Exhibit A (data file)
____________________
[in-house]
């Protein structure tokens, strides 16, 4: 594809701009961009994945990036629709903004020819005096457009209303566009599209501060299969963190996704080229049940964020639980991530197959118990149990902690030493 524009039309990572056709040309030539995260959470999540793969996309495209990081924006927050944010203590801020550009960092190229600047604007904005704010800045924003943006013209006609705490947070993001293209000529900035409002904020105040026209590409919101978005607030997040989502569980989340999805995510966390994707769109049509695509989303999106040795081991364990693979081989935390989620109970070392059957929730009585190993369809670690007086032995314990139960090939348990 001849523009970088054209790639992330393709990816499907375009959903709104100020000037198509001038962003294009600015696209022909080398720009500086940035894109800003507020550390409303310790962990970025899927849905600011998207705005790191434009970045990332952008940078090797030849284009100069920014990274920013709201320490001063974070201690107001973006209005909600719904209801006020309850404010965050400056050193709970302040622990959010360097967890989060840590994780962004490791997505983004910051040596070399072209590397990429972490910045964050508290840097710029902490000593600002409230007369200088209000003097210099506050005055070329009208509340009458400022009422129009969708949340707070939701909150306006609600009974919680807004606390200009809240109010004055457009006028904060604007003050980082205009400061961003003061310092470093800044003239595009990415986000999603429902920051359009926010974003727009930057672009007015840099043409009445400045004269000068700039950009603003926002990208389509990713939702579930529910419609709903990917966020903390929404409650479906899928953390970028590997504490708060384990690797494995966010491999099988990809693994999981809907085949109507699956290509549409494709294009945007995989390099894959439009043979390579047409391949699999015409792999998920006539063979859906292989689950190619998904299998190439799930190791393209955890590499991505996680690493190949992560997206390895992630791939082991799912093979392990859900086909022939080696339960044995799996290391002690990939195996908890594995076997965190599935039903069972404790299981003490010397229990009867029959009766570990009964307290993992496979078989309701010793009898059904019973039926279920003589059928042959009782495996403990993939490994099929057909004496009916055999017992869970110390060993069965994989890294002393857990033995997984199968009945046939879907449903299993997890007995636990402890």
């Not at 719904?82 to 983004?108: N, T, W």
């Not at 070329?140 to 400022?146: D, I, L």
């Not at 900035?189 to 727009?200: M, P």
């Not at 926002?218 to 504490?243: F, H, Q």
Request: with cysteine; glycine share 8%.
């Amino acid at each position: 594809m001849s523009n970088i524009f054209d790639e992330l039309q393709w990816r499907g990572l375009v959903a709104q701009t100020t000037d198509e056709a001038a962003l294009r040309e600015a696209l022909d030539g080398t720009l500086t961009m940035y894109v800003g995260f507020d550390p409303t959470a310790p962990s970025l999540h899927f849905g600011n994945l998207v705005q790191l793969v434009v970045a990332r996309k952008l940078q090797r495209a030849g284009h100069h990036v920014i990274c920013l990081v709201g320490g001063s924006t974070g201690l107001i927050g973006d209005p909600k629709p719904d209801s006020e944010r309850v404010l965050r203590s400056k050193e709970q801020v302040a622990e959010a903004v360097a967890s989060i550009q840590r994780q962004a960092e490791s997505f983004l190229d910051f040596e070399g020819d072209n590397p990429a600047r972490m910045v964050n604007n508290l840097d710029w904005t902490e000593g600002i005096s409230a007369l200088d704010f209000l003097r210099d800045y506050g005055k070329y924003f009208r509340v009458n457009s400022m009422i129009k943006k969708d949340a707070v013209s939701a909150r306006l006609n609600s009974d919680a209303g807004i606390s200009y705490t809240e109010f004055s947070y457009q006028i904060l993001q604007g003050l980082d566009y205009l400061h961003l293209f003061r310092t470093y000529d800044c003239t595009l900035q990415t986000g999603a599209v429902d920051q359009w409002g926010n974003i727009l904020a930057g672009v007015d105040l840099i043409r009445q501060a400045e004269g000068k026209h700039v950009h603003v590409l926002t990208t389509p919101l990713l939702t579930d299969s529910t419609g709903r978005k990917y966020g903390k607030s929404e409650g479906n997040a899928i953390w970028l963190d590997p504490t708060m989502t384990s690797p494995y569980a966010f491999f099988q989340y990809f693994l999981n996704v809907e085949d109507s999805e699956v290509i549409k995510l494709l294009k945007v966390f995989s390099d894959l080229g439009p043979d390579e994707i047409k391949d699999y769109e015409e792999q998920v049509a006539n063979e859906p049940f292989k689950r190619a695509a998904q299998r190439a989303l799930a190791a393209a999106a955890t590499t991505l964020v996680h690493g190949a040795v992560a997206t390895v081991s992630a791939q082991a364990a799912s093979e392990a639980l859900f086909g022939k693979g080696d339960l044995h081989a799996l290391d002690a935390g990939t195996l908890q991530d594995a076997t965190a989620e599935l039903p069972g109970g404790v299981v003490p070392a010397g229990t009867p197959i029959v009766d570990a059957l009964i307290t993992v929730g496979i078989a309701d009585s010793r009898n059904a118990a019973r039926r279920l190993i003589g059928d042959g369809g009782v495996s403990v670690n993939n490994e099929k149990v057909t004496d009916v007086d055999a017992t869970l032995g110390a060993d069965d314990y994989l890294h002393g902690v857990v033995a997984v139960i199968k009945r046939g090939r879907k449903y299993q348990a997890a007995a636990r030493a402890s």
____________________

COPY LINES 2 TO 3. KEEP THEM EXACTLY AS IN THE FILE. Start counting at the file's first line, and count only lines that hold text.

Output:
């Protein structure tokens, strides 16, 4: 594809701009961009994945990036629709903004020819005096457009209303566009599209501060299969963190996704080229049940964020639980991530197959118990149990902690030493 524009039309990572056709040309030539995260959470999540793969996309495209990081924006927050944010203590801020550009960092190229600047604007904005704010800045924003943006013209006609705490947070993001293209000529900035409002904020105040026209590409919101978005607030997040989502569980989340999805995510966390994707769109049509695509989303999106040795081991364990693979081989935390989620109970070392059957929730009585190993369809670690007086032995314990139960090939348990 001849523009970088054209790639992330393709990816499907375009959903709104100020000037198509001038962003294009600015696209022909080398720009500086940035894109800003507020550390409303310790962990970025899927849905600011998207705005790191434009970045990332952008940078090797030849284009100069920014990274920013709201320490001063974070201690107001973006209005909600719904209801006020309850404010965050400056050193709970302040622990959010360097967890989060840590994780962004490791997505983004910051040596070399072209590397990429972490910045964050508290840097710029902490000593600002409230007369200088209000003097210099506050005055070329009208509340009458400022009422129009969708949340707070939701909150306006609600009974919680807004606390200009809240109010004055457009006028904060604007003050980082205009400061961003003061310092470093800044003239595009990415986000999603429902920051359009926010974003727009930057672009007015840099043409009445400045004269000068700039950009603003926002990208389509990713939702579930529910419609709903990917966020903390929404409650479906899928953390970028590997504490708060384990690797494995966010491999099988990809693994999981809907085949109507699956290509549409494709294009945007995989390099894959439009043979390579047409391949699999015409792999998920006539063979859906292989689950190619998904299998190439799930190791393209955890590499991505996680690493190949992560997206390895992630791939082991799912093979392990859900086909022939080696339960044995799996290391002690990939195996908890594995076997965190599935039903069972404790299981003490010397229990009867029959009766570990009964307290993992496979078989309701010793009898059904019973039926279920003589059928042959009782495996403990993939490994099929057909004496009916055999017992869970110390060993069965994989890294002393857990033995997984199968009945046939879907449903299993997890007995636990402890």
């Not at 719904?82 to 983004?108: N, T, W």